The patient’s symptoms can be interpreted by understanding the physiologic effects of catecholamines. Any tissue where adrenoreceptors are present will be activated by the increased levels of epinephrine and norepinephrine, which reach the tissues via the circulation. The woman’s most prominent symptoms are cardiovascular: pounding heart, increased heart rate, increased blood pressure, and cold hands and feet. These symptoms can be understood by considering the functions of adrenoreceptors in the heart and blood vessels. The increased amounts of circulating catecholamines activated β1 receptors in the heart, increasing the heart rate and increasing contractility (pounding of the heart). Activation of α1 receptors in vascular smooth muscle of the skin produced vasoconstriction, which presented as cold hands and feet. The patient felt hot, however, because this vasoconstriction in the skin impaired the ability to dissipate heat. Her extremely elevated blood pressure was caused by the combination of increased heart rate, increased contractility, and increased constriction (resistance) of the blood vessels. The patient’s headache was secondary to her elevated blood pressure.

The woman’s other symptoms also can be explained by the activation of adrenoreceptors in other organ systems (i.e., gastrointestinal symptoms of nausea and vomiting and visual disturbances).

TREATMENT. The patient’s treatment consisted of locating and excising the tumor, thereby removing the source of excess catecholamines. Alternatively, if the tumor had not been excised, the woman could have been treated pharmacologically with a combination of α1 antagonists (e.g., phenoxybenzamine or prazosin) and β1 antagonists (e.g., propranolol) to prevent the actions of the endogenous catecholamines at the receptor level.

Fight or Flight Response

The body responds to fear, extreme stress, and intense exercise with a massive, coordinated activation of the sympathetic nervous system including the adrenal medulla. This activation, the fight or flight response, ensures that the body can respond appropriately to a stressful situation (e.g., take a difficult exam, run away from a burning house, fight an attacker). The response includes increases in heart rate, cardiac output, and blood pressure; redistribution of blood flow away from skin, kidneys, and splanchnic regions and toward skeletal muscle; increased ventilation, with dilation of the airways; decreased gastrointestinal motility and secretions; and increased blood glucose concentration.

Parasympathetic Nervous System

The overall function of the parasympathetic nervous system is restorative, to conserve energy.Figure 2-3 depicts the organization of the parasympathetic nervous system in relation to the CNS (brain stem and spinal cord), the parasympathetic ganglia, and the effector organs. Preganglionic neurons of the parasympathetic division have their cell bodies in either the brain stem (midbrain, pons, and medulla) or the sacral spinal cord. Preganglionic axons project to a series of ganglia located near or in the effector organs.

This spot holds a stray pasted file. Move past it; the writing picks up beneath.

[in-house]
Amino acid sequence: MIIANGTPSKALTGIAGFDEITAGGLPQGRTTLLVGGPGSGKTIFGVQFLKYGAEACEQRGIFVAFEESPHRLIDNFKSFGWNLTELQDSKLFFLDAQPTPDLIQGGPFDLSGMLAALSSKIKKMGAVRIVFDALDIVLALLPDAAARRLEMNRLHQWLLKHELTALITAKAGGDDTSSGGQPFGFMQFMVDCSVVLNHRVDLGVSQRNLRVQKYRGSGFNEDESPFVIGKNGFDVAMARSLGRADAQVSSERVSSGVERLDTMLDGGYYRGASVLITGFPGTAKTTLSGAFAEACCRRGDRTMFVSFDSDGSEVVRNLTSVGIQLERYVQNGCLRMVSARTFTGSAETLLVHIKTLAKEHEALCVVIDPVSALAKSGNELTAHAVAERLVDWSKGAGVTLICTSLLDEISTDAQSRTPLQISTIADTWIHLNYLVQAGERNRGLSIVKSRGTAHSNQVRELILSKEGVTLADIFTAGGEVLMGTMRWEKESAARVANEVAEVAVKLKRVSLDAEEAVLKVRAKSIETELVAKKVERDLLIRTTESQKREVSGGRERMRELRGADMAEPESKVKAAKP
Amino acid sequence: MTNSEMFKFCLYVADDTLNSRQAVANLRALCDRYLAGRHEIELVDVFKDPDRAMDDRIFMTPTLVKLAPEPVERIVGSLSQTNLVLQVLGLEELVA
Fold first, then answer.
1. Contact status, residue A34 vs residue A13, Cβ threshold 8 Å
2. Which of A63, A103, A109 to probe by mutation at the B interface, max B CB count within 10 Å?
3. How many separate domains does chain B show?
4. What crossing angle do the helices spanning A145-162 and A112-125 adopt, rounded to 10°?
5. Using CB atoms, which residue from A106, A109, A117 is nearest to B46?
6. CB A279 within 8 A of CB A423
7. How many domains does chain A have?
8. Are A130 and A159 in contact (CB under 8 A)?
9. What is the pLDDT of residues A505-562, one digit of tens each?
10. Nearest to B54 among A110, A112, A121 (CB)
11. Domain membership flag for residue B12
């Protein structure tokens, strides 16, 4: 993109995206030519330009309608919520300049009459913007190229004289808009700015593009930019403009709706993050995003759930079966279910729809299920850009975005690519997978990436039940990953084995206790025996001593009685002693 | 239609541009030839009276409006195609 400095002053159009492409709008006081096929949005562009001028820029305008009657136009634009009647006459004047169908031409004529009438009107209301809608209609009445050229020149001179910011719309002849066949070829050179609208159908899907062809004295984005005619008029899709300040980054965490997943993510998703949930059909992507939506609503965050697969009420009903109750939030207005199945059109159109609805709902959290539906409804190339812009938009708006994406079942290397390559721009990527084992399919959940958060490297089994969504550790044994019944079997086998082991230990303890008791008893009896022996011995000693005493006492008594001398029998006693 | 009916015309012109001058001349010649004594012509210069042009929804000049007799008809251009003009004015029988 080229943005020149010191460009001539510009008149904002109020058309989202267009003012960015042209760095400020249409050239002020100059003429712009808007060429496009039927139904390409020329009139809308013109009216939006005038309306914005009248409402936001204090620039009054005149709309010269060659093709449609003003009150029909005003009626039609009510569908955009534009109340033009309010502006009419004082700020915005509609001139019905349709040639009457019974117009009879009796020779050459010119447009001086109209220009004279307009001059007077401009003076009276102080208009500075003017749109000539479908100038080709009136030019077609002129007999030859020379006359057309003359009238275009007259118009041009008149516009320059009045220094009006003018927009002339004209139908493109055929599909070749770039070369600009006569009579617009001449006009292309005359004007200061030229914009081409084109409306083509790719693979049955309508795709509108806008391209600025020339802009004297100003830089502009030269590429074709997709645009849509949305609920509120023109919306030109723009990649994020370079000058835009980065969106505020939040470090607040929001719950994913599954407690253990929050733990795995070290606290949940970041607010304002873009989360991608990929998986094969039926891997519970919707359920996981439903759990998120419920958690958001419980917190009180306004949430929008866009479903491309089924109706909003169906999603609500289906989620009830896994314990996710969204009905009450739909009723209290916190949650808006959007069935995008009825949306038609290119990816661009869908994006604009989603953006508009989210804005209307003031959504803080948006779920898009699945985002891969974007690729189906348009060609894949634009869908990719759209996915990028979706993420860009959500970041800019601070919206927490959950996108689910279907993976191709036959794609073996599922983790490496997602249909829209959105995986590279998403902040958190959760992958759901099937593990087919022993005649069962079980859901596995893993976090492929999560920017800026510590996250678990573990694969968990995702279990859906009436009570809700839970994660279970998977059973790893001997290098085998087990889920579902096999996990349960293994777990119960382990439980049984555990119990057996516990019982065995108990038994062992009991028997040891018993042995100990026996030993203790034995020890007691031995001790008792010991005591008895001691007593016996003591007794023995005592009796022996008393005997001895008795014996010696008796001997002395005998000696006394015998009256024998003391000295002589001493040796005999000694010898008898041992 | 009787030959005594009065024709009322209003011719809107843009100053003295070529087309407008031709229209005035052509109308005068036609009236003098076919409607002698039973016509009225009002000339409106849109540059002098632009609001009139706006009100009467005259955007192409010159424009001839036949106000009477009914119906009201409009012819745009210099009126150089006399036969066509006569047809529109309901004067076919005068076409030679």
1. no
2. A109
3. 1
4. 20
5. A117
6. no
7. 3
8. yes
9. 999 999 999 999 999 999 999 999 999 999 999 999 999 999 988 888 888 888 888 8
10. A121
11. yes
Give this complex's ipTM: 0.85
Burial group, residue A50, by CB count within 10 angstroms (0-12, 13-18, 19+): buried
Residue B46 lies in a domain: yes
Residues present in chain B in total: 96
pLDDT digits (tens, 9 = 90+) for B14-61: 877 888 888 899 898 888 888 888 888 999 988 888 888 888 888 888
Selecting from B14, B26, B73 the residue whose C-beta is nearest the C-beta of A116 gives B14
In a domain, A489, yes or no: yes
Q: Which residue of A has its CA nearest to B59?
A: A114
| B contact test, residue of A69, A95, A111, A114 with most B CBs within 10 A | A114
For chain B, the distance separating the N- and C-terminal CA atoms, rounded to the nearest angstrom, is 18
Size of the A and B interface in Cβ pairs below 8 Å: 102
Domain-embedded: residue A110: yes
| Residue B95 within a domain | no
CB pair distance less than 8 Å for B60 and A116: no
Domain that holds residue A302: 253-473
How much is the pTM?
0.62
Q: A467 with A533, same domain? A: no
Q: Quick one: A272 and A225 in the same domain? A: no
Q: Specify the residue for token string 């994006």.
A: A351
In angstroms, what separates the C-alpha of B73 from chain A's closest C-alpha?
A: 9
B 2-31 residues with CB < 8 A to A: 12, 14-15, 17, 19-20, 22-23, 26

Figure 2–3 Innervation of the parasympathetic nervous system. Preganglionic neurons originate in nuclei of the brain stem (midbrain, pons, medulla) and in sacral segments (S2–S4) of the spinal cord. CN, Cranial nerve.

The following features of the parasympathetic nervous system can be noted and compared with the sympathetic nervous system (see Table 2-1 and Fig. 2-3).

Origin of Preganglionic Neurons

Preganglionic neurons of the parasympathetic division arise from nuclei of cranial nerves (CN) III, VII, IX, and X or from sacral spinal cord segments S2–S4; therefore, the parasympathetic division is called craniosacral. As in the sympathetic division, the origin of the preganglionic neurons in the CNS is consistent with the projection to effector organs in the periphery. For example, the parasympathetic innervation of eye muscles originates in the Edinger-Westphal nucleus in the midbrain and travels to the periphery in CN III; the parasympathetic innervation of the heart, bronchioles, and gastrointestinal tract originates in nuclei of the medulla and travels to the periphery in CN X (vagus nerve); and the parasympathetic innervation of the genitourinary organs originates in the sacral spinal cord and travels to the periphery in the pelvic nerves.

Location of Autonomic Ganglia

In contrast to the sympathetic ganglia, which are located near the CNS, the ganglia of the parasympathetic nervous system are located near, on, or in the effector organs (e.g., ciliary, pterygopalatine, submandibular, otic).

Length of Preganglionic and Postganglionic Axons